Green Bay Packers: The Highs, Lows and Lingering Questions After 4 Weeks

Andrew Garda@andrew_gardaFeatured ColumnistOctober 5, 2012

GREEN BAY, WI - SEPTEMBER 30:  Green Bay Packers head coach Mike McCarthy looks on against the New Orleans Saints at Lambeau Field on September 30, 2012 in Green Bay, Wisconsin.  (Photo by Jeff Gross/Getty Images)
Jeff Gross/Getty Images

It's been an uneven season for the Packers so far. 

Forget the controversial call in Seattle if you can. The team has played some uneven football, to say the least.

There are certainly some highs and there have definitely been some lows so far this season.

Here are a few of each, as well as some questions we still don't have answers to at this early date.

The Highs

Clay Matthews: The Predator is Back (Mostly)

Matthews has cooled a bit the last two games, at least in terms of sack totals. However, he has made his presence felt on most of the snaps he has been on the field for.

Even if Nick Perry is still struggling and Eric Waldon isn't an All-Pro, their presence on the left side has made Matthews' life much easier.

Not every play generates a sack, but according to the All-22 tape (and some premium stats at Pro Football Focus), Matthews' impact of course goes beyond his eight sacks.

The true nature of success at the linebacker position includes quarterback hits not resulting in sacks (of which PFF says he has two) and pressures (of which PFF says he has 11).

Getting a sack is nice, of course, as it ends the play with a loss. However, making the quarterback hurry up his reads and throws, taking away his comfort zone and generally being in his face all day are all ways a linebacker (or any defensive player) can be successful.

From that aspect, he has been enormously successful.

Tramon Williams

You have to love seeing Williams rounding back into 2010 form. As we talked about extensively here all summer, a more effective pass rush was going to make the secondary more successful.

Especially Williams.

It's not that he isn't good on his own, because he is. However, a corner can only hold coverage for so long, and in 2011 Williams (along with Charles Woodson) just had to hold coverage way too long.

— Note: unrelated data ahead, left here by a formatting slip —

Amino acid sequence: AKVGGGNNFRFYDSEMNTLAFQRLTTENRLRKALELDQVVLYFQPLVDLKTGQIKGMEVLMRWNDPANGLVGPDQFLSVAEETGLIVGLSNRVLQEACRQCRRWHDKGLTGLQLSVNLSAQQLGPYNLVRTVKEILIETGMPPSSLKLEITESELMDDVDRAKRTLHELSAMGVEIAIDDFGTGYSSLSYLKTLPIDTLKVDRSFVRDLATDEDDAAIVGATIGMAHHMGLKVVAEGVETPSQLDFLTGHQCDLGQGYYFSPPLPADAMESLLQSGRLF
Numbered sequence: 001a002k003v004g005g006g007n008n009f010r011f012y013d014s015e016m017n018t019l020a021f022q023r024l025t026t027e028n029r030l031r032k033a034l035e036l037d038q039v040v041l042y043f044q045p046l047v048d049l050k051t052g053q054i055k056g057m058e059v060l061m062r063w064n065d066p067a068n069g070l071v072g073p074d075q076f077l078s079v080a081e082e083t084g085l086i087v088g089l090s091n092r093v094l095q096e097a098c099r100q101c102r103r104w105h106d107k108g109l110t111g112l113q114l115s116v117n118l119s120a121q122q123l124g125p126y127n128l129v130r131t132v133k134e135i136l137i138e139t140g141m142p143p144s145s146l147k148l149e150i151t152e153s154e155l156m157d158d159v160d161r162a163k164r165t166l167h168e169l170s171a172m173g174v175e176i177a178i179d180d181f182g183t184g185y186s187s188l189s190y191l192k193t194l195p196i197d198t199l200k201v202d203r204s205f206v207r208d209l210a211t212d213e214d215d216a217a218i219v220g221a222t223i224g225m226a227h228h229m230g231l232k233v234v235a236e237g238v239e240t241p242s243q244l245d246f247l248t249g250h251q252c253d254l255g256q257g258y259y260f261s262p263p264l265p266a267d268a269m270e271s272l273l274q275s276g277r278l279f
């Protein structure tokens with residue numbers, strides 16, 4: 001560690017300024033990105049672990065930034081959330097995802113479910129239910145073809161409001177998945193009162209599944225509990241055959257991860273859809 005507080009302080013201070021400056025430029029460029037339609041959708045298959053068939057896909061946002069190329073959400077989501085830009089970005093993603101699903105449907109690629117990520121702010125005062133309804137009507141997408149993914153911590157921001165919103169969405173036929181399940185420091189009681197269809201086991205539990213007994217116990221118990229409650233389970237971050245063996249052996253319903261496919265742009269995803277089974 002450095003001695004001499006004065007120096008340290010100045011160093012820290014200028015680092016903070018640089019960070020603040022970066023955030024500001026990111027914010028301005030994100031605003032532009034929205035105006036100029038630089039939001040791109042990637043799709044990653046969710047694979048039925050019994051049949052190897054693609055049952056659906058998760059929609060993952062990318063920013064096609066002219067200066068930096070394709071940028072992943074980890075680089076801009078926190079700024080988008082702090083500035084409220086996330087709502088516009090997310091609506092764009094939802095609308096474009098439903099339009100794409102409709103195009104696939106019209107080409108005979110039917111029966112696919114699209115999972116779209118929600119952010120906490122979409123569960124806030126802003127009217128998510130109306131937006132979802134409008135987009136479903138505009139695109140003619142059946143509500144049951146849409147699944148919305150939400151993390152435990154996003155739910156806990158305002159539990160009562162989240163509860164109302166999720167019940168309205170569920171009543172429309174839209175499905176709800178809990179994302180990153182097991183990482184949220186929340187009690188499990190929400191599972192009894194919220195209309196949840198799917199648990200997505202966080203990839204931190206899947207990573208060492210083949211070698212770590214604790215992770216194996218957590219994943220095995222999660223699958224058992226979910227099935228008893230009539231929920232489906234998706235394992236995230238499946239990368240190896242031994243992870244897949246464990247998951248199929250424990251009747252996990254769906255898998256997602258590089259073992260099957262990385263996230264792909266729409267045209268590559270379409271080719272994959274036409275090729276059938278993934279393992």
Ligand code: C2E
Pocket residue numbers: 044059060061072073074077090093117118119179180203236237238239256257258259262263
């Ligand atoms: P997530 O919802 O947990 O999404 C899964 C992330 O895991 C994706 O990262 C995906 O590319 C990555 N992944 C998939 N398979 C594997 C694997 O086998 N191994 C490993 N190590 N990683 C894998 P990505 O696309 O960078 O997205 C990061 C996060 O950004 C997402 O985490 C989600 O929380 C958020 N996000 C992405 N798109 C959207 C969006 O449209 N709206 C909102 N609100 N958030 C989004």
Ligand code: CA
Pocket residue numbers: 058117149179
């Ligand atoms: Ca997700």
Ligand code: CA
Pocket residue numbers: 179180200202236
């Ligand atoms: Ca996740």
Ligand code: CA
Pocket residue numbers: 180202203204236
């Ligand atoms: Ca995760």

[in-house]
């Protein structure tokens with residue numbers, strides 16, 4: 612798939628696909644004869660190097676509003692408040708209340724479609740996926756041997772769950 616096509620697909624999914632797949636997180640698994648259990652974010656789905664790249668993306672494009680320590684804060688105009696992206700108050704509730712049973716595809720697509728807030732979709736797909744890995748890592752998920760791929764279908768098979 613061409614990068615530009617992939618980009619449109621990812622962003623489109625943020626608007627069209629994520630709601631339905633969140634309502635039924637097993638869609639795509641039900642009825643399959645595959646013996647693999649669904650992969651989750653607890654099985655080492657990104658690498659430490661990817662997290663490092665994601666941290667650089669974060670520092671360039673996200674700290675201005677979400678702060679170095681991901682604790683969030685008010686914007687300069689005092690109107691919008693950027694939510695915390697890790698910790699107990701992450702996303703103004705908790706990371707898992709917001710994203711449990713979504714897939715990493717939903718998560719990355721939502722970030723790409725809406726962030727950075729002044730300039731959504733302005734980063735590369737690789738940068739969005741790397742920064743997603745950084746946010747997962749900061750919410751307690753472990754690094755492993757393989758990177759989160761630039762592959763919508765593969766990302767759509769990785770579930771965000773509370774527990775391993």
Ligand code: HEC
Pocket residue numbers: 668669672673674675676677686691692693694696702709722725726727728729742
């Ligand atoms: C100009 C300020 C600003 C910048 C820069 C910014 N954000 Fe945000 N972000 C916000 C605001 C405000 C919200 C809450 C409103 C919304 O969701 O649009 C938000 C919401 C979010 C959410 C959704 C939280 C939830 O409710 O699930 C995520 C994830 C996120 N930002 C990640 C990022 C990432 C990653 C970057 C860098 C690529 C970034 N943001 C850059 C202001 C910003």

Even a little pressure goes a long way, and the Packers have largely been able to bring more than a little.

Williams' progress continues to be a relief for Packers fans and should stay that way all year long.

The Lows


I'm not going to get into this too much as it's a dead horse, but the loss to the Seattle Seahawks could have far-reaching consequences for the season.

There is a compelling argument to be made that not only should the Packers have done more in the first half to not be in the position they were in at the end of the game, but that if they lose a playoff spot by one game, they would have had ample time to make it up before the last game.

Still, it rankled the team and it was certainly a low point.

Maybe it ends up a turning point in the season .Maybe it strengthens the resolve of the team. Maybe they'll look back and laugh.

However, right now, it still must sting for players, staff and fans alike.

The Offense

The offense finally seemed to click last weekend against the New Orleans Saints, but before we get too excited we have to remember the Saints are awful this year defensively.

So we can't wipe away the previous weeks just yet.

I love the way they are involving Cedric Benson (more on him in a minute) and Randall Cobb, but the offensive line has had issues and the offense has been out of sync most of the year.

Aaron Rodgers has tried to do too much too often, which results in him holding the ball longer than he should, which in turn leads to sacks.

Which in turn leads to a poor showing by the offense.

The wide receivers appear to be on a different page than Rodgers, which of course leads to far more issues.

Hopefully they have turned a corner, because right now "uneven" is the kindest description of their play.

And probably too generous at times.

Lingering Questions

How involved will Cedric Benson be?

Of course, a secondary question is, how involved should Benson be?

The Packers seem to want to run Benson more, and he can both catch and block on pass plays, which makes him available on third down. 

We like to forget that a few years ago Ryan Grant carried the ball 232 and 318 times for the Packers, so it can be done. A lot of the reason the Packers didn't run after those years might have the bevy of injuries they saw at the position as well as declining play from Grant.

Benson makes the play action more potent and gives Rodgers another weapon when the pass rush gets to be too much for the offensive line.

They should use him as much as they can.

Will they? That's a whole different question.

Can the offensive line be consistent?

I mentioned above that the offensive line's issues have made things rough on the offense as a whole. It was a bit shocking to watch them the first three weeks, though they played far better in Week 4.

As you can see in this breakdown I did of the high amount of sacks the Seahawks delivered to the Packers, everyone played bad to some extent.

The offensive line has to keep playing like they did against the Saints, but it's hard to use that as a real barometer because, as mentioned, the Saints' defense is awful this year.

We may not even get a good measurement this week against the Indianapolis Colts.

You can be sure we'll know what shape they're in against the Houston Texans in Week 6.

This line has to be consistent about keeping Rodgers not only upright, bu free in the pocket long enough to deliver his passes cleanly.

Anything else is courting disaster.

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